On December 2, 2022, Ananth shared his first story using hand gestures. This story included one hasta (hand gesture) from Bharatanatyam (mayura hasta) and other gestures. A short snippet of music to demonstrate the gesture was used as a prelude to the story.

In January, Ananth shared another story that used hand gestures. This story included another hasta (hand gesture) from Bharatanatyam (kartari mukha hasta) and other gestures. Again, short snippet of music to demonstrate the gesture was used as a prelude to the story.

Watch the video below for an explanation of how these stories and music pieces were created under the guidance of Dr. Sarada Natarajan, President of the Ramana Maharshi Center for Learning, Bengaluru to teach students about the hand gestures as well as their usage. The video also explains RMCL’s perspective on Bharatanatyam.

The library of music and stories has been a tremendous resource for Ananth’s learning. It is easy for his teacher to provide snippets of stories to practice. These small segments integrate important Bharatanatyam skills while integrating other tools of theater such as storytelling. It is also motivating for Ananth to practice the hand gestures and stories to create videos for the community. These projects enable focused practice and have meaningful outputs. See the storytelling playlist here.

Dear parents and educators, Watch the videos and develop lesson plans for your students. Share your experiences in SpecialSaathi group or in the LIFESMART Parenting group on Facebook!

Author Dr.Dasaratha Rama

Creative representation of this blog is done by supertalented CreativeSaathi associate Dhairya Kumar Pal.


We are what we practice!

We are inundated with information. We get a lot of information daily. We have blogs, groups, webinars, and many other ways of acquiring information. But what are you practicing daily? Regardless of the information that we get, learning happens through practice.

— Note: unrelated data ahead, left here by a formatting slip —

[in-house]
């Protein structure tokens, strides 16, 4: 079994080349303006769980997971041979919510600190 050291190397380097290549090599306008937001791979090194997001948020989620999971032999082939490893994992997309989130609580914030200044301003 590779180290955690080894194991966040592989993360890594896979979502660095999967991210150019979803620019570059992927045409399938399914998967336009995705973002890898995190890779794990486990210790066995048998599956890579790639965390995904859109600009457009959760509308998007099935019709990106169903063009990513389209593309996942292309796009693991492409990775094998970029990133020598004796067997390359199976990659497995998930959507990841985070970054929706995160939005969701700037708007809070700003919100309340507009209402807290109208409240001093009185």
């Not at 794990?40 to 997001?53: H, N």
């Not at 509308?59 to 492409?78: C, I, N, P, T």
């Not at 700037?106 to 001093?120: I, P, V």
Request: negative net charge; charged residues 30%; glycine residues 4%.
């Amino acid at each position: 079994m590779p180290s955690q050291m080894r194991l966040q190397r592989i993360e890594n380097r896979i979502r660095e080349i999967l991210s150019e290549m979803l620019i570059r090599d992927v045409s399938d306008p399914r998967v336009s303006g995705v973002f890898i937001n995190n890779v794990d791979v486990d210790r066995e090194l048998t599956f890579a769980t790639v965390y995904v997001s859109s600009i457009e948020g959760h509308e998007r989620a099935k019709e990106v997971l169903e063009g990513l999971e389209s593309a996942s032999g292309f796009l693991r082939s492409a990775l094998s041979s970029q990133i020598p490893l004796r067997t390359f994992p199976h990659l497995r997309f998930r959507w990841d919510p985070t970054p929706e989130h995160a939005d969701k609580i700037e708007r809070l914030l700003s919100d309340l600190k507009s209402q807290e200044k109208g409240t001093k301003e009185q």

Information is not equal to learning!

A lot of information does not make you more knowledgeable or more skilled! It may even get in the way of becoming knowledgeable and skilled.

In 2023, we are focusing on improving our methods for practicing. We are paying attention to the tools and techniques we are using to organize practice.

Our first and most successful effort is organizing dance practice. Thank you Vinayak Raj and Jaya Mulraj for this colorful picture of a dancer!

Smile Brightly and Dance

  1. We have started a 100-Day Smile Brightly and Dance project. While practice is an ongoing daily activity, creating a timed project (100-Day project) is useful. We set and refine goals for this project. We track progress. The key outcome for this 100-Day project is improvement in our daily practice routines and habits.
  2. We have created a Wakelet to organize practice.
  3. We are working with Ananth’s teacher, Shri Ujwal Jagadeesh of the Ramana Maharshi Center for Learning, to create resources in way that makes it easy to organize practice. Since December, Ujwal has been creating short 3-5 minute videos. We are compiling these videos in Wakelet. We choose videos and practice with ease!